Beijing authorities appear to have rescinded a planned vaccine mandate after popular outcries, scrapping what would have been mainland China’s first and only universal vaccine requirement.
Beijing announced Wednesday that people would be required to show proof of vaccination before entering some public facilities in response to an Omicron subvariant outbreak, according to the South China Morning Post. Complaints about the intended policy circulated online, and the government’s announcement was trending on Chinese social media platform Weibo, according to The Associated Press.
State officials said Thursday that Beijing residents will be able present negative COVID-19 tests and undergo temperature checks when entering buildings, a continuation of previous policy, according to local news outlet Beijing Daily, the AP reported.
The mandate was intended to apply to entertainment venues, gyms and training locations, according to SCMP. While it did not explicitly include office buildings, some employers announced they would require employees to comply with the mandate, SCMP reported.
Officials have not officially reversed the mandate as of Friday, but the unnamed official said in the interview with Beijing Daily that a “voluntary” vaccination policy would continue, SCMP reported.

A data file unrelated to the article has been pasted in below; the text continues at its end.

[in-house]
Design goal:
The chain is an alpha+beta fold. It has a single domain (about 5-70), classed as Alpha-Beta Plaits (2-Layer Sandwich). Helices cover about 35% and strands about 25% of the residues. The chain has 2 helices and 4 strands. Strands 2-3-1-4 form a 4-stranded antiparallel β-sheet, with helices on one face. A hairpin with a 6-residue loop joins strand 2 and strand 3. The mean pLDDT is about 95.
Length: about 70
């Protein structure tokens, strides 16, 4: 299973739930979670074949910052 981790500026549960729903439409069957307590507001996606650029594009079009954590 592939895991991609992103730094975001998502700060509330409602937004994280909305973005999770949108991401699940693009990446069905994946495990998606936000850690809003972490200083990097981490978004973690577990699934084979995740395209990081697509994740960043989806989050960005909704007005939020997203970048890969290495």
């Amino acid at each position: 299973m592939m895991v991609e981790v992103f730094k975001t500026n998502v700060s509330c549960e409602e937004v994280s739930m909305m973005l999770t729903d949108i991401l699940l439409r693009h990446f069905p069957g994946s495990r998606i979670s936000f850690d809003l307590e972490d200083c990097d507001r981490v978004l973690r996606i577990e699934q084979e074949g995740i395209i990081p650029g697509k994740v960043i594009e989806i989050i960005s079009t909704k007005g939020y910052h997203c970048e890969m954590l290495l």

The European Union Chamber of Commerce in China appeared to acknowledge that authorities had canned the plan to impose a vaccine mandate.
“The European Chamber is disappointed that the Beijing Government reversed the important policy to mandate vaccinations for Beijing citizens announced just one day previously, as vaccines are the most effective way to protect people’s health,” the European Chamber said in a statement Friday.
Beijing government data released in April showed that 20% of people over 60, or 3.4 million people, had not been vaccinated, according to the AP.
We’re still living with #COVID19. Don’t wait until cases are on the rise again before getting all of your recommended vaccine doses. Your health is precious.
— World Health Organization (WHO) (@WHO) July 7, 2022
“That [the mandate] was rescinded within 24 hours suggests the plan had not been well conceived and communicated,” the European Chamber said, suggesting the widespread dissatisfaction with the mandate stemmed from a “lack of consultation with key stakeholders on the policy and the absence of a broad communication campaign.”
“The Chamber is now very concerned that this sudden policy U-turn will discourage other cities in China from pursuing an effective vaccination campaign that will protect the population from a virus that is simply not going away,” European Commerce President Joerg Wuttke said in a statement.
Chinese authorities have warned municipal governments against changing the voluntary vaccination policy, Reuters reported.
Shanghai implemented a severe lockdown policy earlier in April, which resulted in food shortages and public outrage.
A representative from the Beijing Municipal Health Bureau hung up when the Daily Caller News Foundation attempted to contact the office.
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